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State v. Samuel

Supreme Court of South Carolina

February 25, 2015

The State, Respondent,
v.
Kendra Samuel, Petitioner

Heard: January 14, 2015.

Appeal From Richland County G. Thomas Cooper, Jr., Circuit Court Judge. Appellate Case No. 2013-000115.

Richard A. Harpootlian, of Richard A. Harpootlian, P.A., and Graham L. Newman, of Chappell Smith & Arden, P.A., both of Columbia, for Petitioner.

Attorney General Alan McCrory Wilson and Assistant Attorney General William M. Blitch, Jr., both of Columbia, for Respondent.

TOAL, C.J., PLEICONES, BEATTY, KITTREDGE and HEARN, JJ., concur.

[411 S.C. 603]ON WRIT OF CERTIORARI TO THE COURT OF APPEALS

PER CURIAM:

This matter is before the Court by way of a petition for a writ of certiorari to review the court of appeals' decision in State v. Samuel, 400 S.C. 593, 735 S.E.2d 541 (Ct.App. 2012), reversing the trial court's pre-trial order excluding a statement that Kendra Samuel (Petitioner) made to law enforcement in connection with a polygraph examination. Because the trial court's ruling was not immediately appealable, we vacate the court of appeals' decision.

Facts/Procedural Background

Petitioner was arrested and charged with homicide by child abuse after babysitting her friend's ten-week-old baby (the victim), who died as a result of Shaken Baby Syndrome. Prior to arresting Petitioner, Columbia Police Department Investigator Joe Gray conducted a polygraph examination on Petitioner. After Gray informed Petitioner that the results of the polygraph examination indicated deception, Petitioner provided a statement (Statement 1) in which she discussed injuries that occurred to the victim while in her care. Subsequently, Petitioner provided four additional statements to various Columbia Police Department investigators and South Carolina Law Enforcement Division (SLED) agents providing similar information as she did in Statement 1.[1]

[411 S.C. 604] During pre-trial motions, Petitioner moved to suppress all of the statements she made to investigators, arguing that her statements were not knowing, voluntary, and admissible. During a Jackson v. Denno [2] hearing, the trial court heard testimony from the investigators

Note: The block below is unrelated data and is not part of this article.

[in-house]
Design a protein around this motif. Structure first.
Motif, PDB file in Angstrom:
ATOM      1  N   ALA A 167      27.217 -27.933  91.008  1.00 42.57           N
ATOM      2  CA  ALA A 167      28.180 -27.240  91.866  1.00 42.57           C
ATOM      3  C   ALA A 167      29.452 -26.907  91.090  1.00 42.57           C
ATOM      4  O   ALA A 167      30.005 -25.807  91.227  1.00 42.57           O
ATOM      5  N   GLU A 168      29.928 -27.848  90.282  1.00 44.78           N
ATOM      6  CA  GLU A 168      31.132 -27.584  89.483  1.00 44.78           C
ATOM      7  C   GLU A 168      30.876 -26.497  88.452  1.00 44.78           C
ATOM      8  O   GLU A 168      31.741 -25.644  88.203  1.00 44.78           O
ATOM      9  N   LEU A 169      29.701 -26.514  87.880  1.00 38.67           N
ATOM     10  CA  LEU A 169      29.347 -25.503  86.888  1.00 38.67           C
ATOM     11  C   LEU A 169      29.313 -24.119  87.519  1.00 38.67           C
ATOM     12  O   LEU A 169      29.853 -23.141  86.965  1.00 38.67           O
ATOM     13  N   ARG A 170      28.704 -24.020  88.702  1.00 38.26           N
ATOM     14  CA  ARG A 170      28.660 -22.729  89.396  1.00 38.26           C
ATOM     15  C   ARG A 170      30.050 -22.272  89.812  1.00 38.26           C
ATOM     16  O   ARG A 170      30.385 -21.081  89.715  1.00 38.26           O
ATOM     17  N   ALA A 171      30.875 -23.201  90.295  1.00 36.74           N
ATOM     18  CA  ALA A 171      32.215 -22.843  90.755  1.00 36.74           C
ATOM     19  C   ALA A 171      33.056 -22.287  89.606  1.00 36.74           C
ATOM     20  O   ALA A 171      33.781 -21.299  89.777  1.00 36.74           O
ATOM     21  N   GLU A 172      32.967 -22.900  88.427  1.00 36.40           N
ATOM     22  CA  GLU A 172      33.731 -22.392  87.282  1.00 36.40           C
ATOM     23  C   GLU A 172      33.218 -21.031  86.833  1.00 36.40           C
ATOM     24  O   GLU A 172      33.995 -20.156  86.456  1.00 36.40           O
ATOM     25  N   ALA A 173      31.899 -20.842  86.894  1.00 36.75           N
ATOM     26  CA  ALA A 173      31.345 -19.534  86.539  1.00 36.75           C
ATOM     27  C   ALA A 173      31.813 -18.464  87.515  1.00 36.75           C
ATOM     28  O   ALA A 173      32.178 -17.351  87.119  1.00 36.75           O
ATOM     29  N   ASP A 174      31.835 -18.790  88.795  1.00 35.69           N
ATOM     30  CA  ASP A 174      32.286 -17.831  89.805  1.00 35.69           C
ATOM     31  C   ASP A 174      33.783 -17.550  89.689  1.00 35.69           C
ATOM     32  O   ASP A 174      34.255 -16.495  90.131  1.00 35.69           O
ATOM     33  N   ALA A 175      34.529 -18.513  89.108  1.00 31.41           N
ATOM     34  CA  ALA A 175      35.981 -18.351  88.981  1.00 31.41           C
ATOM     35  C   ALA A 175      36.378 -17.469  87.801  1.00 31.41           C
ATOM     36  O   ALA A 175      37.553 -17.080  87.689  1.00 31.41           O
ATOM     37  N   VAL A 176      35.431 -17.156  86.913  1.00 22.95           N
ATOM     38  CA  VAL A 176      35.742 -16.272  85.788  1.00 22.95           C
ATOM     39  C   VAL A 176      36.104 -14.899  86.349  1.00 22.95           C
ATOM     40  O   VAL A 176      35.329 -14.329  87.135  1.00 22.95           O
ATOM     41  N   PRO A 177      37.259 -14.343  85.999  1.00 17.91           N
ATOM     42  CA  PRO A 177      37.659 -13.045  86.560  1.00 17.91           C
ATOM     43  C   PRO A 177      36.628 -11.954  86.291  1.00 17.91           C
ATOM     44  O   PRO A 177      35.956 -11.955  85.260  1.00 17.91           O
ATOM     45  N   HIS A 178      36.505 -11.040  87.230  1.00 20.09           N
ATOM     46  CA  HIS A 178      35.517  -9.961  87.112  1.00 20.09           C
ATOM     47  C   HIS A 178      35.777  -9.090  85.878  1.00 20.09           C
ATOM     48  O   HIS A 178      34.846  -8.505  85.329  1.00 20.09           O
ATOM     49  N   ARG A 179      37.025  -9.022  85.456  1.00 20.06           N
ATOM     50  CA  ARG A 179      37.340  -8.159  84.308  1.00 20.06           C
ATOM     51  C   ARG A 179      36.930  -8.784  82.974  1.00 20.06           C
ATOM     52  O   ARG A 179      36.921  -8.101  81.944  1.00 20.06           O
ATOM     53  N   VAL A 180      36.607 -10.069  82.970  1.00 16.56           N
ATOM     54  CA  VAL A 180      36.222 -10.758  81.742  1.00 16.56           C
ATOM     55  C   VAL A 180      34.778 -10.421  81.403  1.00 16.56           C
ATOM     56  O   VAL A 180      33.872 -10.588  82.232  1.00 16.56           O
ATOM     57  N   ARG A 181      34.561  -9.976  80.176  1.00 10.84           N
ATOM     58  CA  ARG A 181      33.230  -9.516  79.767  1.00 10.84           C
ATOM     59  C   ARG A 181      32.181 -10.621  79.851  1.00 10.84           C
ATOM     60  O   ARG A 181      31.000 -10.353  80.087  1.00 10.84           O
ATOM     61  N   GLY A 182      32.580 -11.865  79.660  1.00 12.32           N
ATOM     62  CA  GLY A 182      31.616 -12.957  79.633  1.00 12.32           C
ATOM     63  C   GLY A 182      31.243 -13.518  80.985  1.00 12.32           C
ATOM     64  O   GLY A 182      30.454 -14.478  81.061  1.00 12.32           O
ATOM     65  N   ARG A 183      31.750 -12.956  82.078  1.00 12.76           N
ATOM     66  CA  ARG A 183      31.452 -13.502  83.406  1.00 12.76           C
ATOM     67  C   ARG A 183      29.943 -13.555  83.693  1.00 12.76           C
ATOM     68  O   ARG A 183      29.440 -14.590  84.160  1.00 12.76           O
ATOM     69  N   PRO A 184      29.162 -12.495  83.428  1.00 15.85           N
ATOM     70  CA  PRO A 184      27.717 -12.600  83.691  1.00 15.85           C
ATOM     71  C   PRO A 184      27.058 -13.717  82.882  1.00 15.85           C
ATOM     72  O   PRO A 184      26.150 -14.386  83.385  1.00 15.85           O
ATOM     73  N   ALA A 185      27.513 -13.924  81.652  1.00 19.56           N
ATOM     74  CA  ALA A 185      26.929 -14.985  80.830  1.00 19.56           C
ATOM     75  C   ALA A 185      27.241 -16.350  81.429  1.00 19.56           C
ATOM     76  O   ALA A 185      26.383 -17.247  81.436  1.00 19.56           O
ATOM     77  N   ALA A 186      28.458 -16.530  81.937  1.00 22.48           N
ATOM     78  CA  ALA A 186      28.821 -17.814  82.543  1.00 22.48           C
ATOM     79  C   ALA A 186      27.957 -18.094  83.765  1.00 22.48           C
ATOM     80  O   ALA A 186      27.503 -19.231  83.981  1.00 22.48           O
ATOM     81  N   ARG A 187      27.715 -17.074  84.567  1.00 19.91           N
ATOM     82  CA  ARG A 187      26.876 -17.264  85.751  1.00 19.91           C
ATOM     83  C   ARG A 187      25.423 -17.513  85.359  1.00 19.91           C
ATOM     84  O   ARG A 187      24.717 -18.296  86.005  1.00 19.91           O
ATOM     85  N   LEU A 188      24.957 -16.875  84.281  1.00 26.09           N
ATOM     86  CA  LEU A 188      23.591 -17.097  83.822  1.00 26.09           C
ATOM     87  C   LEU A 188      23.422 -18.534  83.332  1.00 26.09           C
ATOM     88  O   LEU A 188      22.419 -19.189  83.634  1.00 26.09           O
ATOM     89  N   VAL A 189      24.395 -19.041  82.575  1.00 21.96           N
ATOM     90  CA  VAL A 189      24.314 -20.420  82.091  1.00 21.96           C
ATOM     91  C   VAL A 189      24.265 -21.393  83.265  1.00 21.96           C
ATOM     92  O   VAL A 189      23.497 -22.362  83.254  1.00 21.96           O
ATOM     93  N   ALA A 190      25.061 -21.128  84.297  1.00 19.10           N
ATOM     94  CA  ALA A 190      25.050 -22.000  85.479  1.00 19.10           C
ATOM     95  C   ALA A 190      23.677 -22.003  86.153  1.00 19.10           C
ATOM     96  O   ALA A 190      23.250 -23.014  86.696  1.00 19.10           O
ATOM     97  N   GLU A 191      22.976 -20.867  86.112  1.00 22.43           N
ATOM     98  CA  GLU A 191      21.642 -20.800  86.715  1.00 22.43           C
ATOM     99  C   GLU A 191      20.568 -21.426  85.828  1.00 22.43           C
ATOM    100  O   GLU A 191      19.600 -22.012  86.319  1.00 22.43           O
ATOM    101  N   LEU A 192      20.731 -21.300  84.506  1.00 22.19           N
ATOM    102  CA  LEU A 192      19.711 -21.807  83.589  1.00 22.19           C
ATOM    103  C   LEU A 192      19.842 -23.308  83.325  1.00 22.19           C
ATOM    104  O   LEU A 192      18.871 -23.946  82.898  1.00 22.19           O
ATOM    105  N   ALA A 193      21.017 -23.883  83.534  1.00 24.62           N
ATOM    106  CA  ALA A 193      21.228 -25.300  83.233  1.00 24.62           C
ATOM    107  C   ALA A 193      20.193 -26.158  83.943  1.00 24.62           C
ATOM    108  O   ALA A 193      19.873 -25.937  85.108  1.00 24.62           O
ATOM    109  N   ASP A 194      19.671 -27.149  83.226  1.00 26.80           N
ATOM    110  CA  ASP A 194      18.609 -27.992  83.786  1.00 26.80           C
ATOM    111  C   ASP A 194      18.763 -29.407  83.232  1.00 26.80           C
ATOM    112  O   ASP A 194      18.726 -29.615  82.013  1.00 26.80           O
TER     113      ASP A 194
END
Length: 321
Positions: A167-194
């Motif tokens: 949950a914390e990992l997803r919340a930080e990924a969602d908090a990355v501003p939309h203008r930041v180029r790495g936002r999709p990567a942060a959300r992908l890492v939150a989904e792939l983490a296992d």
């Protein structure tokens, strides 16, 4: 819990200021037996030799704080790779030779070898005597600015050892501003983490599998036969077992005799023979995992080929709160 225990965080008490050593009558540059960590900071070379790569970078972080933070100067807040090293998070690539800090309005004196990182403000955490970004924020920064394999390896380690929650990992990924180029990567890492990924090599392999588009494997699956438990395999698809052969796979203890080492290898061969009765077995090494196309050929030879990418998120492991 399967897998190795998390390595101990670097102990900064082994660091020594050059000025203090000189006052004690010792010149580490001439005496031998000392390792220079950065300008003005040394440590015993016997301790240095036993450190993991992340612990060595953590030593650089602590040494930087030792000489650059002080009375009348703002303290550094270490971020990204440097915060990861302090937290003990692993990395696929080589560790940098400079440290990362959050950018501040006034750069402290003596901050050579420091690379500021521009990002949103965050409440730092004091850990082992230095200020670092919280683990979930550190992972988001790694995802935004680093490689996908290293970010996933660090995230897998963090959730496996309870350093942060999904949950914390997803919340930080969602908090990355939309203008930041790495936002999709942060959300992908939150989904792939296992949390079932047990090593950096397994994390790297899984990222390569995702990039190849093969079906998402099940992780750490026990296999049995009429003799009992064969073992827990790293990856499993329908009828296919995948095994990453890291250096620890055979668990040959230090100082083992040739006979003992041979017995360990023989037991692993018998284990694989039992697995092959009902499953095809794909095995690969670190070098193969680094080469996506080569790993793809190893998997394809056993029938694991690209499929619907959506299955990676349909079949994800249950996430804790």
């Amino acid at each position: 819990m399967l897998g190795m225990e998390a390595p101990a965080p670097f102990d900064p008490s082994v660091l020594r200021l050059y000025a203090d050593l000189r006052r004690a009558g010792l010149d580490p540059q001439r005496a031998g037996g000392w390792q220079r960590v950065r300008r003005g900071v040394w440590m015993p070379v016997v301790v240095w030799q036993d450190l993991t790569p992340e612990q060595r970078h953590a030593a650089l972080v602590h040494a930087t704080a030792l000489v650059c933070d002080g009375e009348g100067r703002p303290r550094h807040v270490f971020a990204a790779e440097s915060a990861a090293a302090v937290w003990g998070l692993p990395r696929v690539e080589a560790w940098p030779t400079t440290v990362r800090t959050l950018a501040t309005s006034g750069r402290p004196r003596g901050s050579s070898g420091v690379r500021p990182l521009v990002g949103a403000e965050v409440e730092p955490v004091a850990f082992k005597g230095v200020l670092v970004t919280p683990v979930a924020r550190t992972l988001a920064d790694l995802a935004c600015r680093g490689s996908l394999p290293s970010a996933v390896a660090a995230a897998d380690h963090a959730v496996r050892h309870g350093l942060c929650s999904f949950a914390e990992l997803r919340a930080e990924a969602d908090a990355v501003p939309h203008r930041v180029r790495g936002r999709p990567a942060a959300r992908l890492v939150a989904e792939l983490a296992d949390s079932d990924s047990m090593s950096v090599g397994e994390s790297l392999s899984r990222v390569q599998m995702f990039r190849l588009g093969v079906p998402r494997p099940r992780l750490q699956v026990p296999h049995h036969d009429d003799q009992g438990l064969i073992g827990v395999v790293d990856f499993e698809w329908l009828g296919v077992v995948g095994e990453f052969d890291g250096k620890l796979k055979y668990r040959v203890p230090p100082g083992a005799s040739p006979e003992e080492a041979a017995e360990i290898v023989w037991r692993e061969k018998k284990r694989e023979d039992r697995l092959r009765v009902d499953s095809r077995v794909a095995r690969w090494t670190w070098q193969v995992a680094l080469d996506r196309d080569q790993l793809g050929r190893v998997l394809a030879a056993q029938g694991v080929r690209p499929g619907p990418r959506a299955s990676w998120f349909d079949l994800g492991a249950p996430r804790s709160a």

Page 663

involved in Petitioner's case. The trial court ultimately excluded Statement 1 based on its connection to Petitioner's polygraph examination, and admitted the remainder of Petitioner's statements.

In response, the State announced its intention to appeal the trial court's ruling regarding Statement 1, and the trial court concluded the hearing. The State filed a Notice of Appeal in the court of appeals, contending that the trial court's suppression of Statement 1 substantially impaired its ability to prosecute the case.[3]

The court of appeals reversed the trial court's suppression of Statement 1. This Court granted Petitioner's petition for a writ of certiorari to review the court of appeals' decision pursuant to Rule 242, SCACR.

Law/Analysis

" Absent some specialized statute, the immediate appealability of an interlocutory or intermediate order depends on whether the order falls within [section] 14-3-330 [of the South Carolina Code]." Ex parte Wilson, 367 S.C. 7, 13, 625 S.E.2d 205, 208 (2005) (citing Baldwin Constr. Co. v. Graham, 357 S.C. 227, 593 S.E.2d 146 (2004)). Under section 14-3-330(2)(a), an interlocutory order is immediately appealable if the order affects " a substantial right" and " in effect determines the action and prevents a judgment from which an appeal might be taken or discontinues the action." S.C. Code Ann. § 14-3-330(2)(a) (1976).

In State v. McKnight, 287 S.C. 167, 168, 337 S.E.2d 208 (1985), we held that " [a] pre-trial order granting the suppression [411 S.C. 605] of evidence which significantly impairs the prosecution of a criminal case" is directly appealable under section 14-3-330(2) of the South Carolina Code.

The State contends that it had the right to immediately appeal the trial court's suppression of Statement 1 pursuant to McKnight. We disagree. Petitioner's statements made subsequent to Statement 1 were admitted by the trial court. Because those statements supplied essentially the same information and confession as Statement 1, the suppression of Statement 1 did not significantly impair the prosecution's ability to try Petitioner's case.

Accordingly, we vacate the court of appeals' decision reversing the trial court's suppression of Statement 1 because the trial court's pre-trial order was not immediately appealable.

VACATED.

TOAL, C.J., PLEICONES, BEATTY, KITTREDGE and HEARN, JJ., concur.


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